China, Japan, S.Korea strengthen relations in trilateral summit

By Chen Qingqing Source:Global Times Published: 2019/12/24 0:13:22

Closer bonds weaken influence of Washington in Northeast Asia

Chinese President Xi Jinping meets South Korean President Moon Jae-in and Japanese Prime Minister Shinzo Abe respectively at the Great Hall of the People on Monday. Photos: Xinhua

Top leaders of China, Japan and South Korea met for a summit in Beijing on Monday. 

Chinese observers hailed the summit as a milestone since the annual summit was launched in 1999, setting the tone for a closer and deeper partnership in the coming years amid rising trade tensions and worries over the Korean Peninsula

Chinese President Xi Jinping first met South Korean President Moon Jae-in in the Great Hall of the People on Monday, calling for a deepening and developing strategic cooperative partnership, accommodating each other's core interests and major concerns and lifting bilateral ties to a higher level, according to the Xinhua News Agency.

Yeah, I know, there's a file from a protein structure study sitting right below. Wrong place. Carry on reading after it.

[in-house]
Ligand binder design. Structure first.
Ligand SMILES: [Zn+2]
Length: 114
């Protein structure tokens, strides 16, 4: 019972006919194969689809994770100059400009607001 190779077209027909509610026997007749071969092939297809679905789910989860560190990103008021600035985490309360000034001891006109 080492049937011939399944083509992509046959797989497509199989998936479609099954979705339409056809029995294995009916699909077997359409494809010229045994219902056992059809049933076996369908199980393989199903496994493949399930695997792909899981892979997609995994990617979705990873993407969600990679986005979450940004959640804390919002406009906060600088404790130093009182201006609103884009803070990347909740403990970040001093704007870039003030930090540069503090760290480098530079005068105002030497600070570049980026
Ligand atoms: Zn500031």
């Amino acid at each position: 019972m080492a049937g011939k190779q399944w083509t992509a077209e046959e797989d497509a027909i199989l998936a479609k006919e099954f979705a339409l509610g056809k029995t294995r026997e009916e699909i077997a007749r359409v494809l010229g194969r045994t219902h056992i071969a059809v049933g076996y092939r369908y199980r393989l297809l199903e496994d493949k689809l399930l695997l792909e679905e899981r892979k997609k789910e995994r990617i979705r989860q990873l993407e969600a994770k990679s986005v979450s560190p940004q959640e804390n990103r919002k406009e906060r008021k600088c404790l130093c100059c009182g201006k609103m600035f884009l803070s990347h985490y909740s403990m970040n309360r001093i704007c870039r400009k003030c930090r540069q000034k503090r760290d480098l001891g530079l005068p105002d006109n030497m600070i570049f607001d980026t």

The two countries' positions and interests on the Korean Peninsula were consistent and both insisted on the core ideals of maintaining peace and stability while advocating solving problems through dialogue, Xi said. 

Moon also affirmed that both Hong Kong and Xinjiang affairs are China's internal affairs, understood China's positions on important issues and supported free trade while expressing willingness to enhance communication and collaboration with China in regional and international affairs, the report said. China-Japan ties currently face important development opportunities, Chinese President Xi Jinping said Monday when meeting Japanese Prime Minister Shinzo Abe, according to Xinhua.

Xi said China is willing to maintain close communication with Japan and strengthen political guidance to push the two countries' relations to a new level and better benefit the two peoples.

China and Japan are heading toward a good orientation, playing an active role in regional and global peace, stability and prosperity, Abe said during the meeting. And the Japanese side highly values and expects Xi's official visit to Japan in the spring of 2020.